A 10-7 loss to Kentucky ended Tennessee's season at 5-7, ended its bowl hopes and ended a 26-game head-to-head winning streak in the border rivalry. Dooley termed it "a real bad ending to a real bad season."
No wonder. This game had a season's worth of ugly attached to it.
The Vols lost to a team using a wide receiver (Matt Roark) as a shotgun quarterback because its top two QBs were injured. Roark completed just 4 of 6 passes for 15 yards but rushed for 124 yards.
Even with a wide receiver at QB, the Wildcats kept the ball for 35:57 to Tennessee's 24:03.
The Vols managed just 61 net rushing yards against a team ranked 11th among 12 SEC teams in rushing defense.
The Big Orange managed just 276 yards against the SEC's 10th-ranked defense in terms of total yards.
The Vol defense allowed a comically inept Kentucky offense to gain 202 net rushing yards.
Michael Palardy had a field goal blocked for the second week in a row.
Basically, there was one highlight for Tennessee. Rajion Neal caught four passes for 125 yards, including a 53-yard touchdown grab that whittled a 10-0 deficit to 10-7 with 12:52 to play.
Even on his career day, though, Neal had a hand in the loss. With Tennessee down just 3-0 late in the third quarter, he lined up to take a direct snap on second-and-goal at the Kentucky 8-yard line. The snap was high, bouncing off Neal's hands and ultimately being recovered by Kentucky at its 23-yard line. The invigorated Big Blue then launched a 77-yard touchdown drive that proved to be the game winner.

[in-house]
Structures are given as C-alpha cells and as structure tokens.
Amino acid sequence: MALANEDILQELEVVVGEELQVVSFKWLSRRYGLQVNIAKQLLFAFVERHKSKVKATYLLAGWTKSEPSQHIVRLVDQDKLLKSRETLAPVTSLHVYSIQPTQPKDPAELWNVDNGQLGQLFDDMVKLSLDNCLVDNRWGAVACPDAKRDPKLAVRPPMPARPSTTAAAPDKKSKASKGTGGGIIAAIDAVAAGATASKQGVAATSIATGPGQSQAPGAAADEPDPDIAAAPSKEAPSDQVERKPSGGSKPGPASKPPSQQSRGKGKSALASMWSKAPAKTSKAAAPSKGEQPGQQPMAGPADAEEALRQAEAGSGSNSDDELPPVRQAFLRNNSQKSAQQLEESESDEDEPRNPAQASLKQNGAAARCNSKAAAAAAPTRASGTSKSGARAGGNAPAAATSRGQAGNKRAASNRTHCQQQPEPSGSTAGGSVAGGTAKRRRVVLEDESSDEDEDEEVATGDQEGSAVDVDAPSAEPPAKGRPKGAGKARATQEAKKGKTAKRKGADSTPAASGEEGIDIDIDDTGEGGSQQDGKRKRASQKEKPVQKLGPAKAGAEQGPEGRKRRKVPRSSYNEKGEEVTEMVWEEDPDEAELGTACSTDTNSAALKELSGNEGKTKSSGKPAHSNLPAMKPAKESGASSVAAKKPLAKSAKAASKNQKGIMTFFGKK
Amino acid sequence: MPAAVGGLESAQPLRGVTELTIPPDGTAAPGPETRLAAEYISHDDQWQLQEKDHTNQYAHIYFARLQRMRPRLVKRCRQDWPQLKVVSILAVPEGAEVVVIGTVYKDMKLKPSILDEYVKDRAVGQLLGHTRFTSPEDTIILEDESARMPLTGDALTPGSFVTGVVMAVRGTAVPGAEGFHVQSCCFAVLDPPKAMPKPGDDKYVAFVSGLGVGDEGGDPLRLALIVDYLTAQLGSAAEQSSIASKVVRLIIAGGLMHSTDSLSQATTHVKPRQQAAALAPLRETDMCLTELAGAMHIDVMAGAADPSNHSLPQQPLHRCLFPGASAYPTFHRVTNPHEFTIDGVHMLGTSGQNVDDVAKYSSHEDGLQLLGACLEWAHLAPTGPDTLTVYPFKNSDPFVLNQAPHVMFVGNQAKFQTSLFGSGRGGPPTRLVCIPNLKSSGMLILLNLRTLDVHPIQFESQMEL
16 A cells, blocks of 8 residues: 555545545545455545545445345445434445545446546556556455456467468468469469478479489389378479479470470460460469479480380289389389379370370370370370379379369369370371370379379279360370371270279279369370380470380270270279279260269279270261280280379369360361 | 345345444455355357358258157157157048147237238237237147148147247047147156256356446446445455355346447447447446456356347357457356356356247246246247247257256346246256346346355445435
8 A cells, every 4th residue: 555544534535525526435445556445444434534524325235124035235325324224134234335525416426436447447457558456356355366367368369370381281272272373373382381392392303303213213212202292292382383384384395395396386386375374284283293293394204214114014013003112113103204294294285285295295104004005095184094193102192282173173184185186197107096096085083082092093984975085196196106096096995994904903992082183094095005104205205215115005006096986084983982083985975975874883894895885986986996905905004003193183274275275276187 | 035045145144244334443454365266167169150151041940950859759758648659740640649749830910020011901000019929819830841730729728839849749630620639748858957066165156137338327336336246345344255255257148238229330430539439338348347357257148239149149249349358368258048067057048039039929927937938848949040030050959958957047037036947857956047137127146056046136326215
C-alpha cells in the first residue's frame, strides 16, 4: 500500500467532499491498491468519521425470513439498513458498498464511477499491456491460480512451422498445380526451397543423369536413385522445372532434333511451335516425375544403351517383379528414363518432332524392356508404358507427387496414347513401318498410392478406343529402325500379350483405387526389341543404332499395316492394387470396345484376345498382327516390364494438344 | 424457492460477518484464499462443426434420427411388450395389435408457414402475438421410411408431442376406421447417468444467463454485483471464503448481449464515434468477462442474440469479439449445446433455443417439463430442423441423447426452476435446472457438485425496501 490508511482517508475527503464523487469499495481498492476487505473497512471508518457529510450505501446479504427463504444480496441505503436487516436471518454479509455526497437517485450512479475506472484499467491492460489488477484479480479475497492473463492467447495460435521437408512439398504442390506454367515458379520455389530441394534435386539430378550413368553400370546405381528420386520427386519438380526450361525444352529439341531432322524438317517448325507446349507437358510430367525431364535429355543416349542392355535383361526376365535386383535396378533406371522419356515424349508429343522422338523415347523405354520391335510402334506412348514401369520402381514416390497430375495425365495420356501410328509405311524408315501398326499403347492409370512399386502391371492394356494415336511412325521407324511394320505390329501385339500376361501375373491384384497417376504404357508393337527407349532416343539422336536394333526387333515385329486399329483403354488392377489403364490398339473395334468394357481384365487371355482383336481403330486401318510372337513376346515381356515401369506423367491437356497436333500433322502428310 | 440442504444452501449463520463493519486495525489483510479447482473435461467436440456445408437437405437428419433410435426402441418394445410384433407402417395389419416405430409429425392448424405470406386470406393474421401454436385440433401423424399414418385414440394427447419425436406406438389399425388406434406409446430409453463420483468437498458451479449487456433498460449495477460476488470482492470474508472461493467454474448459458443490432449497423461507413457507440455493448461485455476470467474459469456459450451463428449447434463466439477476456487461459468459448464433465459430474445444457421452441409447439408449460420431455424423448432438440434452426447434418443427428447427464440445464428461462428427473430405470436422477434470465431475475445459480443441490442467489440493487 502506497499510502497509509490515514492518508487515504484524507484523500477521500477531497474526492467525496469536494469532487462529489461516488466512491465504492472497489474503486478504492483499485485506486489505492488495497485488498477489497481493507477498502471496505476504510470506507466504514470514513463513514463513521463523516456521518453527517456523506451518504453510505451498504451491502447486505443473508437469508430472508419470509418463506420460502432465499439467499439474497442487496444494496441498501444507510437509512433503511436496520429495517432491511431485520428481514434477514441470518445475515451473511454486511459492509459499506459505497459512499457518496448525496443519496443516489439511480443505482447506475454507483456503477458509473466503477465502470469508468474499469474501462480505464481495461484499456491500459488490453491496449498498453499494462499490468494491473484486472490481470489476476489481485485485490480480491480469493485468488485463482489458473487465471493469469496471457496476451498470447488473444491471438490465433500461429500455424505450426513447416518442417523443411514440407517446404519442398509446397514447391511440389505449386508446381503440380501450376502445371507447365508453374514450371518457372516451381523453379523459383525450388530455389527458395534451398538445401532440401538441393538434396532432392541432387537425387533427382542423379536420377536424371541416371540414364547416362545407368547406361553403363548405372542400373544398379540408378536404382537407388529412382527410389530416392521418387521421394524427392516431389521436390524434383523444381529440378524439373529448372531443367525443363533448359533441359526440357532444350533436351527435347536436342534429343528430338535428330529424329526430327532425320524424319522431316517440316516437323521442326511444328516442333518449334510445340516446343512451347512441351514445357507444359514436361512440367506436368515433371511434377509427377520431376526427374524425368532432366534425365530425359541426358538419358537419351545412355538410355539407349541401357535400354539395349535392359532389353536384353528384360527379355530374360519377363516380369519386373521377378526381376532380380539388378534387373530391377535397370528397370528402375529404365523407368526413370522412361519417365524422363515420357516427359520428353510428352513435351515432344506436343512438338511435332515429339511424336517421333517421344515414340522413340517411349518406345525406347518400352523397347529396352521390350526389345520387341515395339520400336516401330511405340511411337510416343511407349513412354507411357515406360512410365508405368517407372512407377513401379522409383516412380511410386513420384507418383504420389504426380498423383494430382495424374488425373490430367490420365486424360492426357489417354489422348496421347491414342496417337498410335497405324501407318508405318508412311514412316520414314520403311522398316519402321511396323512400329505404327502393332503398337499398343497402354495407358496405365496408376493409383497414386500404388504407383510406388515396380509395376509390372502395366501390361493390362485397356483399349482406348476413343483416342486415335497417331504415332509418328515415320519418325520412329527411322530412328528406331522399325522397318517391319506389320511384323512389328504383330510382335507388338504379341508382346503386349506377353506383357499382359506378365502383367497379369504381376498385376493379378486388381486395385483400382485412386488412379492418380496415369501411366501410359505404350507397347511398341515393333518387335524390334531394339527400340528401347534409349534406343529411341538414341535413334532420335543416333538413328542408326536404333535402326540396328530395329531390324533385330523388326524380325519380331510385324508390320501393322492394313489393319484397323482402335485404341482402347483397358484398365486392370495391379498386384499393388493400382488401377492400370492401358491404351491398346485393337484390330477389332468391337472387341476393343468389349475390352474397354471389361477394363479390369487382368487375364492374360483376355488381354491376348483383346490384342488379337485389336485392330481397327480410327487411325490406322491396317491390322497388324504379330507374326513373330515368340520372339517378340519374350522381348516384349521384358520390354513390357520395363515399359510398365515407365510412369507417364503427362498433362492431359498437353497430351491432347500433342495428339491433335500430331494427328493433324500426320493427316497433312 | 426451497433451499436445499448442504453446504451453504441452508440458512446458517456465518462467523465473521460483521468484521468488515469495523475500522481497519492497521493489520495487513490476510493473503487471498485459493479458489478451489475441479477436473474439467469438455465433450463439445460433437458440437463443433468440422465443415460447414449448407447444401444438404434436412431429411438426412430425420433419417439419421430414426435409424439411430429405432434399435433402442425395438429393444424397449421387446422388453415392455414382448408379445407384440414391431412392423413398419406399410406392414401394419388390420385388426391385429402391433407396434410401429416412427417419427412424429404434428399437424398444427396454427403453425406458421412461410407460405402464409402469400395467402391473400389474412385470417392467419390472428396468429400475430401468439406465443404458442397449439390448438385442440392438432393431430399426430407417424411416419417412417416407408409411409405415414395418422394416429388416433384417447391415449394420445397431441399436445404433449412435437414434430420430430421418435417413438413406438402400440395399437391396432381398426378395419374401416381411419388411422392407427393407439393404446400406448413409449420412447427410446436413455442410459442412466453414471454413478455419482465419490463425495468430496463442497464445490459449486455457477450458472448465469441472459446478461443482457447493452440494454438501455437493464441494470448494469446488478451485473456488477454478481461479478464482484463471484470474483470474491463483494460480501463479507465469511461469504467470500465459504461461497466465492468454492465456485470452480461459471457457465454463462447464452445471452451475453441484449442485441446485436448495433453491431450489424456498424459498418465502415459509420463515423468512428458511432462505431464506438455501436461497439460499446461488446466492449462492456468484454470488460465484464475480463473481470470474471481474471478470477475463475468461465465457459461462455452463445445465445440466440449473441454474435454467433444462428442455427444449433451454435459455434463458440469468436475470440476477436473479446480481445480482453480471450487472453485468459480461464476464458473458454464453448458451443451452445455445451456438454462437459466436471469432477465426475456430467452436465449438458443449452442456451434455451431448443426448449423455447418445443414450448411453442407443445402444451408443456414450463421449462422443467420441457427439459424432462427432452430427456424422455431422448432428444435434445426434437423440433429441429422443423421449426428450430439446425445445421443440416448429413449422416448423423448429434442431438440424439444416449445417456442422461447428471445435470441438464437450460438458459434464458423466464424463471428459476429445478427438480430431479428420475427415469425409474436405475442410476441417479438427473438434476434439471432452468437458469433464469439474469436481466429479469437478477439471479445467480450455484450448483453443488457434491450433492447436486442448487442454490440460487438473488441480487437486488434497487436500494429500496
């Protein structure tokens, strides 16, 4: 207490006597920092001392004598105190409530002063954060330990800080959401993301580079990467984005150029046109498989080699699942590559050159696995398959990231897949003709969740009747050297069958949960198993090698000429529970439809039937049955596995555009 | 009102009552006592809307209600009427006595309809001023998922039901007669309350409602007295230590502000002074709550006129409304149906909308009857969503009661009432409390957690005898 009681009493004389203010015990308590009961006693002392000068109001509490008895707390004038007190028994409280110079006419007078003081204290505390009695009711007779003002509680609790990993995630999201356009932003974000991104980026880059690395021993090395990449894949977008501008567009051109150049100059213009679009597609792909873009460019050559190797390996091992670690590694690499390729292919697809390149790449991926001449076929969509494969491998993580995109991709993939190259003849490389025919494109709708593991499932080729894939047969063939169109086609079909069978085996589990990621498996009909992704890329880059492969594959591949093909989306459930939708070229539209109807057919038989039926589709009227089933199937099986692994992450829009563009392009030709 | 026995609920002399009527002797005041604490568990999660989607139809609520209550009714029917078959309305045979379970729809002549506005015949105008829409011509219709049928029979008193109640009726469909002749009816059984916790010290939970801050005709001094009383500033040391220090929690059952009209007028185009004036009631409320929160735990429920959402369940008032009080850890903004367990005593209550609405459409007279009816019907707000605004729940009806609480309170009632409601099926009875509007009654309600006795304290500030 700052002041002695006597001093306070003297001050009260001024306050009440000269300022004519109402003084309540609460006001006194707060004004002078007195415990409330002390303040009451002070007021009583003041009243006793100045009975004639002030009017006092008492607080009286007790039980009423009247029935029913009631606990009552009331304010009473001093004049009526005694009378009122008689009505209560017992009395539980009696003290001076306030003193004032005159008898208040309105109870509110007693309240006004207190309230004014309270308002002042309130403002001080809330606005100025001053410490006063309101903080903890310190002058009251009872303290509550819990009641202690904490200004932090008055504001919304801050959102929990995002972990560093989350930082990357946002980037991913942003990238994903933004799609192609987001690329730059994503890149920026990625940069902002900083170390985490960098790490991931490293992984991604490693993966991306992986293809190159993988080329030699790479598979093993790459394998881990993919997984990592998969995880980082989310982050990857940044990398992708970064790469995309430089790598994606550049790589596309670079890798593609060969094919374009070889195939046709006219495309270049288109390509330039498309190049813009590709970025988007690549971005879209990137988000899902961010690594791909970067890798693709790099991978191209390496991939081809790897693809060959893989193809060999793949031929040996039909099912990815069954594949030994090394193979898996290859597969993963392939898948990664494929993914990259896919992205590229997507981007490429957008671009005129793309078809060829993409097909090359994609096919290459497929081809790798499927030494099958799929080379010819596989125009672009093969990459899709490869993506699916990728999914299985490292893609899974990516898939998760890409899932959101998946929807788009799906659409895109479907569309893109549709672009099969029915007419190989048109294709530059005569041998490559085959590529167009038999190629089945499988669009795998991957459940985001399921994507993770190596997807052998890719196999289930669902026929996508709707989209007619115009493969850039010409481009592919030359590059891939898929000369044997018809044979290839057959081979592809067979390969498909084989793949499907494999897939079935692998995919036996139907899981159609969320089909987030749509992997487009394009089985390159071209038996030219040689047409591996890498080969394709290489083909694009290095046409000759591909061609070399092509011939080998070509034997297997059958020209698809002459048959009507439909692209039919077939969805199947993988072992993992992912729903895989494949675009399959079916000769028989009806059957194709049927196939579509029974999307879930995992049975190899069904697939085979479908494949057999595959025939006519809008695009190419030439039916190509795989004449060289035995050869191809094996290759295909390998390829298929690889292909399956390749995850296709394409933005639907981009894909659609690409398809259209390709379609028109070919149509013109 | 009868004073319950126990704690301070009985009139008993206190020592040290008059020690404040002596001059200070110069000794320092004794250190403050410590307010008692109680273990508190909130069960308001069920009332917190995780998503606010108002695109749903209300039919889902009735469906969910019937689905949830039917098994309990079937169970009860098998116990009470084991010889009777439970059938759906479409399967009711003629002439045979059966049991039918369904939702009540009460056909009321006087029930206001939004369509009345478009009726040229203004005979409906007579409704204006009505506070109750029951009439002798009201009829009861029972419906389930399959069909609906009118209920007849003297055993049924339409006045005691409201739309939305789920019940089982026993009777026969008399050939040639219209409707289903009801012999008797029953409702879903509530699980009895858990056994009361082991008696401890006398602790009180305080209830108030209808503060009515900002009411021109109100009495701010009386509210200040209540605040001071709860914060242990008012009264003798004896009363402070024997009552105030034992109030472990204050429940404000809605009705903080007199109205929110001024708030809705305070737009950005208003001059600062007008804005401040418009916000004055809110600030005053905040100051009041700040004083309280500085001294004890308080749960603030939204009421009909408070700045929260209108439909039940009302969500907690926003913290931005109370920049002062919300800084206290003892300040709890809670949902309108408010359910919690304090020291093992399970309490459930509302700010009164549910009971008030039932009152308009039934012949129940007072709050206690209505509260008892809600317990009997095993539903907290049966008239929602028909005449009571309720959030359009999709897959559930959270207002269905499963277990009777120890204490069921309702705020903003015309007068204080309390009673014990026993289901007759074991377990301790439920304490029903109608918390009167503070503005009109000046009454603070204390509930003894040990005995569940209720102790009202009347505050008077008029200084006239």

Tyler Bray, showing the effects of a broken thumb that caused him to miss five games, completed just 15 of 38 throws for 215 yards. Some of his passes were so far off-target that he was called for intentional grounding on one pass that he probably tried to complete. Dooley said Bray also battled a virus in recent days.
"The quarterback really struggled – in the first half especially," the coach said. "He was lethargic, he was sick all week. We thought he would be a little better."
Bray's throwing problems were magnified by another awful performance from the ground game … even against a Wildcats' defense known for its generosity.
"Their rush defense isn't worse than our rush offense," Dooley glumly noted.
As bad as the 2011 season was, the Vols hoped to salvage a little something by qualifying for a bowl. The fact they failed in that bid didn't seem to upset Dooley too much.
"You don't always get what you want but a lot of times you get what you deserve," he said. "We're not a good football team, and we've got a lot of work we need to do to be a good football team."
The head man termed Tennessee's first-half offensive performance "miserable," and there was no disputing that. The Vols managed just 129 total yards en route to a 3-0 intermission deficit.
Historically speaking, the game may have been over once the Big Orange went to the break trailing. Dooley's two-year mark at Tennessee now stands 0-14 when his team is tied or behind at halftime.
Except for completions of 44 and 53 yards to Neal, Tennessee's offense was just as stagnant in the second half as it had been in the first.
Dooley, now 11-14 at the UT helm, didn't seem surprised that his team laid an egg in the season finale, noting that inconsistency defined this team.
"We had a lot of youth, a lot of inexperience, a lot of issues on the roster," the head man said. "We just never could really put it together, and the result is a losing season and no bowl bid. We kept searching but nothing seemed to work."
Asked about the end of Tennessee's 26-game mastery of Kentucky, Dooley conceded, "You don't want to see it happen on your watch."
After a 6-7 mark (3-5 SEC) in Year 1 of the Dooley era, many Vol fans hoped to see improvement in Year 2. Instead, the Vols dipped to 5-7 overall (1-7 SEC). The head man tried to show resolve as he discussed the apparent lack of progress.
"It's real disappointing," Dooley said, "but we're going to have to learn from it and begin our climb in the offseason."
That climb should begin immediately. Based on Saturday's performance, there's nowhere to go but up.